ACT News


Canberra's newest dance troupe, Australian Dance Party, asks what makes us nervous

 When the January 2003 firestorm tore through parts of the ACT leaving destruction in its wake, the Mt Stromlo Observatory was one of the worst hit areas with five of its telescopes, its workshops and homes, and a heritage-listed administration building destroyed. Now the burnt-out shell of one of the telescope observatory domes is being used for an unusual purpose. Canberra's recently established contemporary dance company, Australian Dance Party, will present its latest evening-length show, Nervous, in the remains of the dome that once housed the Yale Columbia telescope.

Alison Plevey, leader of Australian Dance Party, has been working with neuroscientist Greg Stuart from the John Curtin School of Medical Research at the ANU on the new work. Nervous seeks, she says, to examine the functioning of the human brain and the way in which brain cells operate to create our thinking processes, with special emphasis on nervousness. What makes us feel nervous? How is nervousness triggered? In particular, she wonders what happens at a cellular level. Nervous sets out to embody the pathways and networks that are formed by the action of neurons as they create the feeling of being nervous.

Plevey has chosen to present the work at Mt Stromlo for a number of reasons. "Australian Dance Party is a Canberra company and I am interested in engaging with Canberra spaces," she says. "I am thrilled that the team at Mt Stromlo has been so supportive of the Observatory being used in this somewhat unconventional manner."

But, in addition to wondering about the connections that are made by the brain, that is connections at a micro level, Plevey says she is curious about whether such connections are echoed in the external environment. In parallel with querying the neurological functions of the brain, Nervous also examines the networks of our planet and the cosmos, which makes Mt Stromlo Observatory a perfect venue.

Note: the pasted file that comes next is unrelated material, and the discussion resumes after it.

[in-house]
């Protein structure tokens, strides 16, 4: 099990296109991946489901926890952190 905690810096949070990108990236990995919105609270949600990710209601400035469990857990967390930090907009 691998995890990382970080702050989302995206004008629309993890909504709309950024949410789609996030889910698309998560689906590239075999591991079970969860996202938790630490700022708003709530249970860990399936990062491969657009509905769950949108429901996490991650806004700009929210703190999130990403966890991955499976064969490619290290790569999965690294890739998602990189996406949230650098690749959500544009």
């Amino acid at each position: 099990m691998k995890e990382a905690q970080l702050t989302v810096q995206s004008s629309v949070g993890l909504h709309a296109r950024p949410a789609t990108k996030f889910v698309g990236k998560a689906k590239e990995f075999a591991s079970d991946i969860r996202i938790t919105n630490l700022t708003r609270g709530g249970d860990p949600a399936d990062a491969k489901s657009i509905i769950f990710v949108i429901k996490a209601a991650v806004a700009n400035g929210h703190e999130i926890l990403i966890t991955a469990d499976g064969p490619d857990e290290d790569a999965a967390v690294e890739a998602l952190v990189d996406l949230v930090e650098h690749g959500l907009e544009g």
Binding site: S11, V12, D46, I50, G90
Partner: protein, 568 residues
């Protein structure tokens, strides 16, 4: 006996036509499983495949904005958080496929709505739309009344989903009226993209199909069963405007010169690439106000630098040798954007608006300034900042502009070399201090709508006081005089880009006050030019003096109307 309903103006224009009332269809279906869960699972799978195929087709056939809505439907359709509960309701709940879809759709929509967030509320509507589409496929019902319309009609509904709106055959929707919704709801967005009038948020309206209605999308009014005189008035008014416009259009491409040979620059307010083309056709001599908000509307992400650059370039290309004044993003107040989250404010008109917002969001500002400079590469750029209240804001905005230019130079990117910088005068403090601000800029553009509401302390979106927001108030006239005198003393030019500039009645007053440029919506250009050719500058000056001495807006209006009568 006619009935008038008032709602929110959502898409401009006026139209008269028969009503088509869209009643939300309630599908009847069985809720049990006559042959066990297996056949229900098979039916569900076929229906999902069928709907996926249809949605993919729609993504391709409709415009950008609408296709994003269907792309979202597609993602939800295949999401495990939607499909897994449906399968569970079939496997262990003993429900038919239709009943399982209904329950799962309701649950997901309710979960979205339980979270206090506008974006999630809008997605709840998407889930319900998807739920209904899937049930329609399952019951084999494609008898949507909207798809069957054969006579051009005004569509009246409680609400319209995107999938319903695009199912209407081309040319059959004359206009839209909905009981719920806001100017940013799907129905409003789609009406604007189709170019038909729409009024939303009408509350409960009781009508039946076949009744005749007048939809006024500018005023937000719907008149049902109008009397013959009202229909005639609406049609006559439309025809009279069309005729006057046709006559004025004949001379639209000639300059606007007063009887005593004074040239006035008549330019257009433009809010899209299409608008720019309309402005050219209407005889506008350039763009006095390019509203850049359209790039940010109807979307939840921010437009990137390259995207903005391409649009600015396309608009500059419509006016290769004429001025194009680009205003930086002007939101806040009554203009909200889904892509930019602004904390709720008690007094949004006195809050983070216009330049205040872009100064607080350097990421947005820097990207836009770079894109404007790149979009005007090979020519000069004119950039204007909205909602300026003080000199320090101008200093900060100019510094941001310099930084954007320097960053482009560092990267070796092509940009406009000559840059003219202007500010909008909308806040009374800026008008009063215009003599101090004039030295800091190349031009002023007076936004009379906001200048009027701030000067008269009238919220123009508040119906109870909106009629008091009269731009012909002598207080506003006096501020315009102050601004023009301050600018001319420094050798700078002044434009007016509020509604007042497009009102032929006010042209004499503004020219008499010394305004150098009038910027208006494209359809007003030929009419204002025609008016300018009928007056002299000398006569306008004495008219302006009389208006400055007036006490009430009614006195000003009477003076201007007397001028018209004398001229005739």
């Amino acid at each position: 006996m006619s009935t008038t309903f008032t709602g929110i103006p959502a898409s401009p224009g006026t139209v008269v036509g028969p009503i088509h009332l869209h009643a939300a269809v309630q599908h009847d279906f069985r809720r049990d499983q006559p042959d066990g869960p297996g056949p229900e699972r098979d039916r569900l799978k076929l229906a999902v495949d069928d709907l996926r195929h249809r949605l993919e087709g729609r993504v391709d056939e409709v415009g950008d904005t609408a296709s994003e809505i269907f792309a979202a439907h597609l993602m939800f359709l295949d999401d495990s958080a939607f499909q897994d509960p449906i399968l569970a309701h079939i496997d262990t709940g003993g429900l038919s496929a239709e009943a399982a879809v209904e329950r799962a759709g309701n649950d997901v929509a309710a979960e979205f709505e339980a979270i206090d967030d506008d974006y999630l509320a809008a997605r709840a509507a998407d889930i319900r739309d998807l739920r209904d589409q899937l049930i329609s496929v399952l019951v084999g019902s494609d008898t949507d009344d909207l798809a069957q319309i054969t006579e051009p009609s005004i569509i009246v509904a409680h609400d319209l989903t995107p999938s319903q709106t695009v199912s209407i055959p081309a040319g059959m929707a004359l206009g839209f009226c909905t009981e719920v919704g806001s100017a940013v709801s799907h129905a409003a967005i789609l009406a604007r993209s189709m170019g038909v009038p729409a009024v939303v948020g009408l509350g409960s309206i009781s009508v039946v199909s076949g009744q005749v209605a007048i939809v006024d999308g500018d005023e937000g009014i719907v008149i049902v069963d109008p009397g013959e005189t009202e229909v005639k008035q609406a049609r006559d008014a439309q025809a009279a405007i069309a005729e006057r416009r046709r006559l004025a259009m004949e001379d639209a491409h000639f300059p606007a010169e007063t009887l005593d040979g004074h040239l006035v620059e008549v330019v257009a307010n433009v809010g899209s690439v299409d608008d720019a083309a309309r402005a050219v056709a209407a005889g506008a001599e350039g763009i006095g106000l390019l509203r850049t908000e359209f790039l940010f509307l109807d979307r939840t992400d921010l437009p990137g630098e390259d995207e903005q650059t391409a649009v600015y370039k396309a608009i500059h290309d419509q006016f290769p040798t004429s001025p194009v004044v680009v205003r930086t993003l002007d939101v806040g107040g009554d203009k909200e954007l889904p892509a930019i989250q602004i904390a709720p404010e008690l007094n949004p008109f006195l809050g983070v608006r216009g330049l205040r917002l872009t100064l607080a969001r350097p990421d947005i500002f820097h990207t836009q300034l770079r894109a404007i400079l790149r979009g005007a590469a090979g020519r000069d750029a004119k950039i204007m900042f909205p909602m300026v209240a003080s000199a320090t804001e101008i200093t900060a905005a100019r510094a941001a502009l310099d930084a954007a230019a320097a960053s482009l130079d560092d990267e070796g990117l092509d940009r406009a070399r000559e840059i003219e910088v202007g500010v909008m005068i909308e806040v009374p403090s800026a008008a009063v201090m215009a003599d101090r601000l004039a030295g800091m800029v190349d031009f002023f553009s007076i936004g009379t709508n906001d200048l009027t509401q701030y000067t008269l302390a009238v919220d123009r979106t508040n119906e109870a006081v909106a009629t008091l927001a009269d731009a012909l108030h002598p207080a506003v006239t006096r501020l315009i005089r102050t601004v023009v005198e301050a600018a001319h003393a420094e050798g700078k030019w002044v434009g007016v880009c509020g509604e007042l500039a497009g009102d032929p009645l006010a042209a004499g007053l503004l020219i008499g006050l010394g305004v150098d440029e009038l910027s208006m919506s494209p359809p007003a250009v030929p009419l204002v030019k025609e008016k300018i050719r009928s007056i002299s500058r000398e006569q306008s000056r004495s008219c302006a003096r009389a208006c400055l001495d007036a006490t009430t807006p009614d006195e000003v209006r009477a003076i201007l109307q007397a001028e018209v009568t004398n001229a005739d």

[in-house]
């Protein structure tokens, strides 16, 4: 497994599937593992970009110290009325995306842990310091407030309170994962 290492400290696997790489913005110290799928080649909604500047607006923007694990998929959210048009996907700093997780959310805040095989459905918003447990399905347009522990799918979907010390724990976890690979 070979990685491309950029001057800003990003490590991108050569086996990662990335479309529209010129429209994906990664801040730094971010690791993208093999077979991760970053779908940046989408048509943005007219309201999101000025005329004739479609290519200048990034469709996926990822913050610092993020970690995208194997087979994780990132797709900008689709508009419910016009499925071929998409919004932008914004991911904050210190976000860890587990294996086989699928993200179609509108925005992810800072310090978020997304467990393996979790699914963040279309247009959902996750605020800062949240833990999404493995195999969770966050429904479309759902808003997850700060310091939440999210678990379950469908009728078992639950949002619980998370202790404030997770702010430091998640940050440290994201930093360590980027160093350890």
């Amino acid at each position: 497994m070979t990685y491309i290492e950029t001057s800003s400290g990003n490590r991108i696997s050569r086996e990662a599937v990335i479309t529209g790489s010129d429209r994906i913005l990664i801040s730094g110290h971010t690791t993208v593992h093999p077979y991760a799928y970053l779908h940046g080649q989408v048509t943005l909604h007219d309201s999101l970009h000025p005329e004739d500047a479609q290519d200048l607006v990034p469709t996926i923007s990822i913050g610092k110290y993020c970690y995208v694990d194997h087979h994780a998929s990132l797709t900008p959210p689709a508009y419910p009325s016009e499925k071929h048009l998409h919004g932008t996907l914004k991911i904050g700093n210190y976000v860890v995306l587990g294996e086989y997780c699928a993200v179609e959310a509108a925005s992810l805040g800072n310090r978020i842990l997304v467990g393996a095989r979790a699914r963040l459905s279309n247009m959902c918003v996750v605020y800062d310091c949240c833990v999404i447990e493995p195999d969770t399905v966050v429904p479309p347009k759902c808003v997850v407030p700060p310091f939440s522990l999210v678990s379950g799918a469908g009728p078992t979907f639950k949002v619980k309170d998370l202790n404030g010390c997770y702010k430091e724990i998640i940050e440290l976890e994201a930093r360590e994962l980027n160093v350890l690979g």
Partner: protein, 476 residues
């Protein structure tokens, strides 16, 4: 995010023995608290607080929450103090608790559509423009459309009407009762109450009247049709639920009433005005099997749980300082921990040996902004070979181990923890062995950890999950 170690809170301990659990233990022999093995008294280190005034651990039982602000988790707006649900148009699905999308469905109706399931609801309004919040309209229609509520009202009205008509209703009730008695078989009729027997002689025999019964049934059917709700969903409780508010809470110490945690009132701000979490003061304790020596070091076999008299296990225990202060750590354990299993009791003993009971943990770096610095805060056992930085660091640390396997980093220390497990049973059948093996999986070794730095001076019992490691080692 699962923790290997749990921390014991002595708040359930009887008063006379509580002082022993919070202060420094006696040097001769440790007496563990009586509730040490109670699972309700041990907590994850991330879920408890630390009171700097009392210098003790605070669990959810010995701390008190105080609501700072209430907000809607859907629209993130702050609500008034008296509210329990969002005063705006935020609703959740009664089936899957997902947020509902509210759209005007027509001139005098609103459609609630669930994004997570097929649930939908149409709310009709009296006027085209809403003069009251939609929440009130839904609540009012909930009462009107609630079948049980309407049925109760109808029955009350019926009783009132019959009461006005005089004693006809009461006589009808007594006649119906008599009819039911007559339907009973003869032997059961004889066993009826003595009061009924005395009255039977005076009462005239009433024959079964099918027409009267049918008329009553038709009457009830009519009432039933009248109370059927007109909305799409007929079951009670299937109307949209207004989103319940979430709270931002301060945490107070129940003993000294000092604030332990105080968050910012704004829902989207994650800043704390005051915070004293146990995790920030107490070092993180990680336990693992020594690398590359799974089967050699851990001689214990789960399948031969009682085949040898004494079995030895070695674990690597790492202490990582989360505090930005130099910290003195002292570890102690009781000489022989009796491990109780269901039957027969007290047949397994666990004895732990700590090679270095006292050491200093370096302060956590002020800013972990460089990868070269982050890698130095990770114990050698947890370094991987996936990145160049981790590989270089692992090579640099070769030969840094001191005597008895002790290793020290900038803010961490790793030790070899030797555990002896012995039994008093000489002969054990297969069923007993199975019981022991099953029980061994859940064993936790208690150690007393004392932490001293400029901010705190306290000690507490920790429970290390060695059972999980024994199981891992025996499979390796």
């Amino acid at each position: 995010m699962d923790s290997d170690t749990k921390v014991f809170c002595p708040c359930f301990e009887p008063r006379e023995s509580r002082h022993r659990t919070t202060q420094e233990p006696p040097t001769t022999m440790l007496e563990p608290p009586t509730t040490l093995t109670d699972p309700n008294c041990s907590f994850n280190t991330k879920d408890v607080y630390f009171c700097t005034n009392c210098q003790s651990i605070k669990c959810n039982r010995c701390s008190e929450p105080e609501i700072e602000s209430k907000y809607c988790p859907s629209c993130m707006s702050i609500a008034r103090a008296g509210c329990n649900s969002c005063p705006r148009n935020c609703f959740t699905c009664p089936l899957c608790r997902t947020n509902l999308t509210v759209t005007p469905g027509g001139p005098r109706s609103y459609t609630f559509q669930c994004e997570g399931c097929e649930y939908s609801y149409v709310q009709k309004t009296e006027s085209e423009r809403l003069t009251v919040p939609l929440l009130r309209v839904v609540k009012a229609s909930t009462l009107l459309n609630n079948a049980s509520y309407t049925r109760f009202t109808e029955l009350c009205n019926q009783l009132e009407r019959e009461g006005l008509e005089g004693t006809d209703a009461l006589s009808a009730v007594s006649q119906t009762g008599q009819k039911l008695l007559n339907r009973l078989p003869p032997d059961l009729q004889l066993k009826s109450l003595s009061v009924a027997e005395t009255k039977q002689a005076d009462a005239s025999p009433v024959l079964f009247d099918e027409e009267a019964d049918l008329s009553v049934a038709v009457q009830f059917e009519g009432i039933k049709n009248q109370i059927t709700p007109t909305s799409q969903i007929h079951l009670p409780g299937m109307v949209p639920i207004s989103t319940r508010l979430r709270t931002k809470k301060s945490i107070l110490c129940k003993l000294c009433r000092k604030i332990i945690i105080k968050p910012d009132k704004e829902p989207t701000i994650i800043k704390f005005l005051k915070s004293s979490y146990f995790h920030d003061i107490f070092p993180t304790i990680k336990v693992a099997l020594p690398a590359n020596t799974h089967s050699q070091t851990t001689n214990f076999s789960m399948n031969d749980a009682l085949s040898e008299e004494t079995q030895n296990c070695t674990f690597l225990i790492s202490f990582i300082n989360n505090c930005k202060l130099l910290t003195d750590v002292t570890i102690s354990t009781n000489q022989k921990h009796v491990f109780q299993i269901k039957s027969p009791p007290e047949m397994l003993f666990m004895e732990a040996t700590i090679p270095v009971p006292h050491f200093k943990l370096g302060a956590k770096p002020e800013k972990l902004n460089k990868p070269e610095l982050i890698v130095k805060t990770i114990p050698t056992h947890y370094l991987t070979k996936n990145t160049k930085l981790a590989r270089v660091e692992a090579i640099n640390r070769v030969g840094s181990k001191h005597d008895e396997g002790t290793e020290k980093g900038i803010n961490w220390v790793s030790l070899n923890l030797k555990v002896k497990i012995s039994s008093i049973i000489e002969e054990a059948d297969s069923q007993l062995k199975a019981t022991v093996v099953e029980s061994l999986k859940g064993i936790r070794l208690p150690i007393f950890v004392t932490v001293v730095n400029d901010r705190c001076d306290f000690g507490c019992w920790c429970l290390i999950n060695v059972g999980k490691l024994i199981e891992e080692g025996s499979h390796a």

"I am interested in connecting with the vast abyss of the universe," Plevey explains, "and in reflecting on a long scale of existence. The Yale Columbia Dome, with its cylindrical structure and its cracked and fire-marked walls, becomes quite a special arena for the Party's undertaking. As well, it has no roof and so is open to the stars. It's almost post-apocalyptic."

Plevey says her interest in the concept of nervousness arose from her own reaction to the present state of the world. She is nervous herself, she says, about the state of the arts and on a broader level about present day social and political structures. Nervous reflects her personal feelings and her own emotional reactions, which she has recorded in words for use in the show. She has also recorded the thoughts of the dancers who will be performing with her in Nervous - Gabriel Comerford, Olivia Fyfe, and Janine Proost. Each dancer, Plevey explains, has had a different reaction to the question of what makes them nervous. They range from being nervous about the very process of creating Nervous, to the idea that nervousness is akin to excitement at the idea of a changing world. Nervous will be an immersive experience and the thoughts of the dancers and others in the team will be a significant part of the performance.


In addition to the use of the spoken word, an approach that reflects Plevey's connections with actor and theatre director Adam Deusien at the Bathurst-based physical theatre company, Lingua Franca, the use of light will feature strongly throughout Nervous. Laser lighting and projections have been designed by Robbie Gordon and Gordon's lighting design, along with an electronic score from Ben Colin, will create a work that Plevey has labelled "a sensory and visceral experience" and "a little bit sci-fi."

The choreographic process behind Nervous reflects Plevey's interest in improvisational techniques. She says she rarely creates movement before the rehearsal period begins. She sets her collaborating dancers specific tasks based on a particular scenario. She then selects movement from what emerges and uses those selections in her own way. But Plevey admits that It is not easy to look dispassionately at a work when both directing and performing in it. To bring the show together so that it is a coherent work, Plevey has been working with a dramaturg, Karla Conway, recently artistic director of Canberra Youth Theatre and now resident dramaturg for Warehouse Circus.

As Australian Dance Party, Canberra's newest dance voice, heads into its second major production for 2016, the future of dance in Canberra is looking rosier than ever. "Feeling nervous? Dance it out," says Plevey.

Nervous, by Australian Dance Party is on December 1-3, 7:45 pm at Mt Stromlo Observatory, Yale Columbia Dome. Tickets from Eventbrite: